Respect, Equity, and Inclusion

McMaster’s Statement on Building an Inclusive Community with a Shared Purpose states that “inclusion occurs when an organization provides equitable access to its services, benefits and opportunities, when systems and structures facilitate full participation by all members and where members are treated equitably and fairly and are recognized for their contributions.” Sadly, one of the most consistent and disturbing findings in our survey feedback was a lack of respect for Sessional Faculty at McMaster. These experiences are caused by a lack of support in day-to-day teaching, exclusion from Departmental activities and decisions, a lack of recognition for contributing to the success of the university, unfair hiring processes, and even online bullying from students. The Bargaining Team would like to incorporate language into the agreement that would acknowledge the service and contributions of our members to the University, and to demonstrate inclusiveness by foreclosing situations and circumstances that allow for bullying, harassment, nepotism, and discrimination in all of its forms.


As always, remuneration is a vital part of the bargaining process. McMaster is proud of its ranking as one of Canada’s top schools and a top-150 university in the world. We know that Sessionals play a vital role in this and deserve much higher remuneration. Some members have contributed decades of their lives to this institution, with little to show on a bi-weekly basis and nothing to show for retirement. Compensation can take a variety of forms, including wages and pensions. We will be seeking increases that reflect McMaster’s high global and national ranking and demand that we be compensated in line with Sessionals at other universities.

Job Security

Our membership is diverse, and consists of people who work both in industry and teach, younger Sessionals(often graduate students) who are new to teaching, and long-term Sessionals whose income is dependent upon sessional work. While all Sessionals deserve job security (and our provisions will reflect this), the latter group of long-term Sessionals in particular require improved job security as their access to secure work is precarious even though the employer clearly requires their services on an ongoing basis. Also, some members have shown decades of commitment to McMaster and contribute to the University’s reputation of teaching excellence. All members deserve to be able to plan to retire in dignity. We’re asking McMaster to help members live and retire with some basic security. Your Union will propose language to make access to work more predictable, steady, and known in advance in an effort to mitigate against the precarious nature of sessional work.

“Job security means, to me, that I don’t have to re-apply for my job every four months.  More importantly, it means I have some certainty in knowing that I will have a job to return to each year.  It means not having to guess if there will be courses to teach and if the departments I’ve worked in will hire me back or not.”

-Dr. Tim Fowler, Faculty of Social Sciences and DeGroote School of Business

Health and Wellbeing

While the Union has bargained a number of benefits for Unit 2 Members over the years (including a Health Care Spending Account (HCSA) and a Dental Plan), there are definite shortfalls in this funding. These shortfalls have become even more evident in the last year of online teaching during the pandemic, as many members made clear by identifying basic medical coverage and mental health supports as key priorities in our survey. Unit 2 members deserve more comprehensive, stable, and affordable health and dental benefits, which we hope to expand. The Bargaining Team is seeking more support from the Employer to sustain current health and dental benefits and explore new benefits for members’ peace of mind and day-to-day wellbeing.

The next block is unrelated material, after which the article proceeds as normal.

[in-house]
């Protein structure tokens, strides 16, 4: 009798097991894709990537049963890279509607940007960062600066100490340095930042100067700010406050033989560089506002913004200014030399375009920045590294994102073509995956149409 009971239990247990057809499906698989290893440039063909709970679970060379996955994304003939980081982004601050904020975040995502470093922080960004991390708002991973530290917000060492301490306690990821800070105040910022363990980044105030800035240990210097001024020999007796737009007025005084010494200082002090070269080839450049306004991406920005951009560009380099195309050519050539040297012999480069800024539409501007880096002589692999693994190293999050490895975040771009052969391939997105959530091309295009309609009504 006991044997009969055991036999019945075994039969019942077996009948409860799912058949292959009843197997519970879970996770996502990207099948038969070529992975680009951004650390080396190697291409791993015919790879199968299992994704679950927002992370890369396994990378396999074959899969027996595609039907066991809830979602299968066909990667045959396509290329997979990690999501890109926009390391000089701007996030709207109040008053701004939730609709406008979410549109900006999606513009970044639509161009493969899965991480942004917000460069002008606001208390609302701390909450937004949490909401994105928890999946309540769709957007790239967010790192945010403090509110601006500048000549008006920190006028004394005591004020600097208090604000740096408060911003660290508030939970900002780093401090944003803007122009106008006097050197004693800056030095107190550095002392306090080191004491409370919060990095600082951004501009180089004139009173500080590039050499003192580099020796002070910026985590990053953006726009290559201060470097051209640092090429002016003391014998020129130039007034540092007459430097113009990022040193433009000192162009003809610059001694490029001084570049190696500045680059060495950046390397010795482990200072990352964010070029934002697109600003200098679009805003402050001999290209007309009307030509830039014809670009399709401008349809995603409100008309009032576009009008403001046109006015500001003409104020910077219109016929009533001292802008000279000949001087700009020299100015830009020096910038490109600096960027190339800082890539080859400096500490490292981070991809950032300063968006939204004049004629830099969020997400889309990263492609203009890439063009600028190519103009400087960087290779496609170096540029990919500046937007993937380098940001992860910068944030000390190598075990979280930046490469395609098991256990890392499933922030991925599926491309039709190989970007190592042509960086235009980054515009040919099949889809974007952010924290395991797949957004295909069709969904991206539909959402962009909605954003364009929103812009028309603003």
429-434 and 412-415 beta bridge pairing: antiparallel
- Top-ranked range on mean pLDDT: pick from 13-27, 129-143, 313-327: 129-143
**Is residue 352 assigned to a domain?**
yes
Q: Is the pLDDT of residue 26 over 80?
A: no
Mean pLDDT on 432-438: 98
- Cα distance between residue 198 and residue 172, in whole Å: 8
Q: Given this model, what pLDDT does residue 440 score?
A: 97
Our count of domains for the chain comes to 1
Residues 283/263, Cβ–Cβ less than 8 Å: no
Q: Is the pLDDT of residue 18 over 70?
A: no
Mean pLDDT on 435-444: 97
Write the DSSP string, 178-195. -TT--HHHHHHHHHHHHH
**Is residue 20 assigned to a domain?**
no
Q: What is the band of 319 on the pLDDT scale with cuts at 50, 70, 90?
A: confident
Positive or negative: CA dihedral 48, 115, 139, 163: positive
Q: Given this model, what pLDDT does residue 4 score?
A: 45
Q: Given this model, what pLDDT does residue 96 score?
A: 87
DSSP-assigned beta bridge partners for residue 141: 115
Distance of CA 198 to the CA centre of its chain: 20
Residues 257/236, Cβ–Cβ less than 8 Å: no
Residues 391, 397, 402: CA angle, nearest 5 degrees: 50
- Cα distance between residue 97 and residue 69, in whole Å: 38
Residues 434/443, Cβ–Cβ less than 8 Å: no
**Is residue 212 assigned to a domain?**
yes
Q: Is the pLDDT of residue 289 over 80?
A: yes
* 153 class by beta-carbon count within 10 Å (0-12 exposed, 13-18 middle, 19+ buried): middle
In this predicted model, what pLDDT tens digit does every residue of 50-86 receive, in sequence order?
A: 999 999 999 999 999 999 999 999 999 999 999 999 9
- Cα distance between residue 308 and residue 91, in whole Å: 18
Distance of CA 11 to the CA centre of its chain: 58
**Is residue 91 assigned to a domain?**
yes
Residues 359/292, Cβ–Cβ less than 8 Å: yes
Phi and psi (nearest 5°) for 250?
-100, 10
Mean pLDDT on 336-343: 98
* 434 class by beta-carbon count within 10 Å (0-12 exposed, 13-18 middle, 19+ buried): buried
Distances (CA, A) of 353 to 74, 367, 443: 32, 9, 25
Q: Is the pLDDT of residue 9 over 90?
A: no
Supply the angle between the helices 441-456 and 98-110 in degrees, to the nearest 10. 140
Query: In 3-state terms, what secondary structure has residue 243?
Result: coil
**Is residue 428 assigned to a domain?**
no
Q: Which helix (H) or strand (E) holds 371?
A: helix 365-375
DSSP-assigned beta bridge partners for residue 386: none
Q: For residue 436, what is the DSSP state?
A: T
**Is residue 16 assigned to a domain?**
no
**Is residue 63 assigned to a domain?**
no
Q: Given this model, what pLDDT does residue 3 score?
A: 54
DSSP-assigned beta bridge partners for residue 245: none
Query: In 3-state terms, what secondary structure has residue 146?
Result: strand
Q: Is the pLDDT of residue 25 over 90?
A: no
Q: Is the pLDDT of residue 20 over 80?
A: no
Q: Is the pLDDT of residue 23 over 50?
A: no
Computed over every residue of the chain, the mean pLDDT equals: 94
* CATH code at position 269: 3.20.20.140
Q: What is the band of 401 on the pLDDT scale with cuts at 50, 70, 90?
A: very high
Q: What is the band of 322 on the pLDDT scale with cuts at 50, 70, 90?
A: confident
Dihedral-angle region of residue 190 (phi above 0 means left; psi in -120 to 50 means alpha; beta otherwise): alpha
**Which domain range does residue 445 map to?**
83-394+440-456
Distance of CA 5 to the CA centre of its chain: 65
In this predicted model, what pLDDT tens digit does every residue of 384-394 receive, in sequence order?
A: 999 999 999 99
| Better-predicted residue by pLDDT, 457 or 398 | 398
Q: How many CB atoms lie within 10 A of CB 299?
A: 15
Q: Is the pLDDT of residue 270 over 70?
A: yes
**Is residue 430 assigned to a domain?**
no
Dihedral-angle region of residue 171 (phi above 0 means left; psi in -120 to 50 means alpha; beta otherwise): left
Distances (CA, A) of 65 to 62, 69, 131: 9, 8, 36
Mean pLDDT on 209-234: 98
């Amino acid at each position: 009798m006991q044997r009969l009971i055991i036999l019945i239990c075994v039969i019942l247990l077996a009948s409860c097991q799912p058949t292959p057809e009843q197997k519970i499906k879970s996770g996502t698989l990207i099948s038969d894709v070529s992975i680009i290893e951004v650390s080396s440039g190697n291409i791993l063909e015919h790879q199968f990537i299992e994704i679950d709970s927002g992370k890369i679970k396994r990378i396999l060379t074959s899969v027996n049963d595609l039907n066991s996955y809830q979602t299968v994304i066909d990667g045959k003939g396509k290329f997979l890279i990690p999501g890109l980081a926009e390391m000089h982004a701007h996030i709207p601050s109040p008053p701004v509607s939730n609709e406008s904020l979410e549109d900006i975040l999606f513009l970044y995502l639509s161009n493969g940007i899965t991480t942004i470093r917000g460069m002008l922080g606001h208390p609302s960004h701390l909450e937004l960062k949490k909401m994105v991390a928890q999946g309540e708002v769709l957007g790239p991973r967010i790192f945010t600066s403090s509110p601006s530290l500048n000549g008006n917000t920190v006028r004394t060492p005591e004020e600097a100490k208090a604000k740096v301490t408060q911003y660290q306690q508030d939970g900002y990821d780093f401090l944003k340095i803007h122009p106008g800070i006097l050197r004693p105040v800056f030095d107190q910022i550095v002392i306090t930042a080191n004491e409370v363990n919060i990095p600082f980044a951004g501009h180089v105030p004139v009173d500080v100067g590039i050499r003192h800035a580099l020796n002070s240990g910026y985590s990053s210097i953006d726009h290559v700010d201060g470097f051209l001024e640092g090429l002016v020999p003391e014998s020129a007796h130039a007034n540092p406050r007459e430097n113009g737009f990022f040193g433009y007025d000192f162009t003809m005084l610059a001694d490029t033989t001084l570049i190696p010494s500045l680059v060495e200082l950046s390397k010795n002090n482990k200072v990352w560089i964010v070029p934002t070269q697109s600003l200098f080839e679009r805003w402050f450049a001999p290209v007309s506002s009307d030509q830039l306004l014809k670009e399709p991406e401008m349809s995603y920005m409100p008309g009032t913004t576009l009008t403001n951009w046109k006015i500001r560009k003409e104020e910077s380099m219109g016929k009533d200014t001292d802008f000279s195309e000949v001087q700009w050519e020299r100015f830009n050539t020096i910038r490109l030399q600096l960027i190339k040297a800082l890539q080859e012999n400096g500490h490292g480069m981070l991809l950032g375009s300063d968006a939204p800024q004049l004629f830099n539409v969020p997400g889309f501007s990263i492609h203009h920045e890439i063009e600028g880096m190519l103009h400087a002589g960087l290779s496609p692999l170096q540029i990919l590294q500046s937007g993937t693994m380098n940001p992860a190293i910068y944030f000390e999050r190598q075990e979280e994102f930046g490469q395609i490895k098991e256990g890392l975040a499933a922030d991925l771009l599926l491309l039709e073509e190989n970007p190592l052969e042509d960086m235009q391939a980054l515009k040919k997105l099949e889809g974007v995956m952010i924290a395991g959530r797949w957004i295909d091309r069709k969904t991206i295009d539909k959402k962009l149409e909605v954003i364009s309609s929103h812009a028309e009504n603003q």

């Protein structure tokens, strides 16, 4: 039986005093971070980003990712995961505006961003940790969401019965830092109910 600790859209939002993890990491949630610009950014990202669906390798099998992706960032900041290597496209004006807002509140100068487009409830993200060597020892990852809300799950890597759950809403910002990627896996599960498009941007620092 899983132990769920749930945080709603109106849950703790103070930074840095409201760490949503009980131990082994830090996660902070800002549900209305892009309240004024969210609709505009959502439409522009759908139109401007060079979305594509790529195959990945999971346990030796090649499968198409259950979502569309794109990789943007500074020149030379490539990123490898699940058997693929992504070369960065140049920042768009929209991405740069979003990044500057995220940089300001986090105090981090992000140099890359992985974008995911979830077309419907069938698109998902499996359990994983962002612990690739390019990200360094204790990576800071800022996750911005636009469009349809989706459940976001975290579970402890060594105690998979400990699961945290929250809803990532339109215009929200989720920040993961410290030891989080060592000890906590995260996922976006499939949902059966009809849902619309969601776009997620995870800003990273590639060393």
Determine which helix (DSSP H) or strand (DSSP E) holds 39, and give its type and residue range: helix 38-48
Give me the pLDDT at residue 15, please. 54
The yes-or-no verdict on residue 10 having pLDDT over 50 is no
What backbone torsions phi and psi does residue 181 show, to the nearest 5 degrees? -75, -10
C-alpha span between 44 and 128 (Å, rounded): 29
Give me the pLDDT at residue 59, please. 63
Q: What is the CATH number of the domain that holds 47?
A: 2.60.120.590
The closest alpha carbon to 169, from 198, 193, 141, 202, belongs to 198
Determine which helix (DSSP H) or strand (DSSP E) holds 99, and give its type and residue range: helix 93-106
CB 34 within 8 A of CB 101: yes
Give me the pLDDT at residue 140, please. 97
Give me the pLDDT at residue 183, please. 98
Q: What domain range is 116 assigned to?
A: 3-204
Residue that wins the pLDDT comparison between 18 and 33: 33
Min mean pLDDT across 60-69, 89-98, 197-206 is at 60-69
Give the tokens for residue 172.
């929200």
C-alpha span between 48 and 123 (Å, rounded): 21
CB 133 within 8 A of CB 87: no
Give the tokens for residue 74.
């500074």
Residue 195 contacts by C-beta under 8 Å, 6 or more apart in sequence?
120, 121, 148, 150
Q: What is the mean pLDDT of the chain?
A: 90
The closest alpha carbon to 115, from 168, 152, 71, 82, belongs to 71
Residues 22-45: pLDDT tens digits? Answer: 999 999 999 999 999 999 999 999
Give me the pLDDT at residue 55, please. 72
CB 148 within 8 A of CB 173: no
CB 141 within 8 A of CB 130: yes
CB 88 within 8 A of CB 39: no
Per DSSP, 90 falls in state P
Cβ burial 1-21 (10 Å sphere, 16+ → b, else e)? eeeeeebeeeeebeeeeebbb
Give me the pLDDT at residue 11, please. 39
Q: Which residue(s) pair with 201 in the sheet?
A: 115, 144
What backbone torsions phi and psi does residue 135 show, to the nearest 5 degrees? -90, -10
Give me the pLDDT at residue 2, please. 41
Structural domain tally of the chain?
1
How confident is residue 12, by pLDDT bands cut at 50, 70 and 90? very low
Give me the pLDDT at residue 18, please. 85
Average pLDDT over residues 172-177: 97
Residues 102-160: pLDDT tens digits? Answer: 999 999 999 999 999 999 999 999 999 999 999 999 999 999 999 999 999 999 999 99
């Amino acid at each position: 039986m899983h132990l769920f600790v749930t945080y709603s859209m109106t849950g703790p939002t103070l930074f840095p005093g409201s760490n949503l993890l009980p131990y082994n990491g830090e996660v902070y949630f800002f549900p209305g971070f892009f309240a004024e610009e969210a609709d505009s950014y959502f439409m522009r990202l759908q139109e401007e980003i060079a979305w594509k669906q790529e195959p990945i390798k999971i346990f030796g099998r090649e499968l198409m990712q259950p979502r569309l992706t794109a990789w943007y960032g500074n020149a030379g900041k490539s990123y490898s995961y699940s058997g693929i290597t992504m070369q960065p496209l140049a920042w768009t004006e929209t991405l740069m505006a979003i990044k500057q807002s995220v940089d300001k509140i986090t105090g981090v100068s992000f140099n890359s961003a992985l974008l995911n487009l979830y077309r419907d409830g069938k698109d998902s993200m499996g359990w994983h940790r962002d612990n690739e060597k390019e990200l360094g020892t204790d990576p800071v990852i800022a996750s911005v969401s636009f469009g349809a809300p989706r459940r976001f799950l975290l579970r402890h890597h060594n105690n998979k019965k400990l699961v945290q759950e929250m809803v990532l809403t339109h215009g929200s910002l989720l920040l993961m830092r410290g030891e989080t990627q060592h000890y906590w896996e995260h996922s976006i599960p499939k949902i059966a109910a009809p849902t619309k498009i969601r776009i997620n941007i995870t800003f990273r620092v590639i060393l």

Members have identified workload as a significant concern on our bargaining survey and in daily conversation. In some cases, the number of students per course has tripled with the move to online teaching, with no additional supports provided. We need to make sure that there are no surprises when it comes to class size, and that members are better supported when faced with more students. Studies show that smaller classes are also better for students. The extra work that BIPOC (Black, Indigenous, and People of Colour) members and members from other equity-seeking groups perform to make students feel included and to increase diversity in departments should be recognized. We need to make sure that all of those “extras” you do as front-line instructors are compensated. Institutions that are comparable to McMaster in size and prestige offer more supports for contract faculty’s workloads than McMaster, so we are asking the Employer to step up and recognize your workload and some of the “extras” that now seem to be part of the job.

Professional Supports and Paid Training

As we prepare to enter a second year of COVID precautions, online teaching will once again be a feature of many of our members’ lives. Even before the pandemic, members have consistently identified a lack of professional supports over the past few years. Professional supports include access to professional development and resources such as technology and access to paid training (including anti-oppression and diversity training) that is to the high pedagogical standards one expects of McMaster University. The Bargaining Team is exploring language to secure and improve professional supports for our members–the people who contribute so much to McMaster’s reputation for teaching excellence.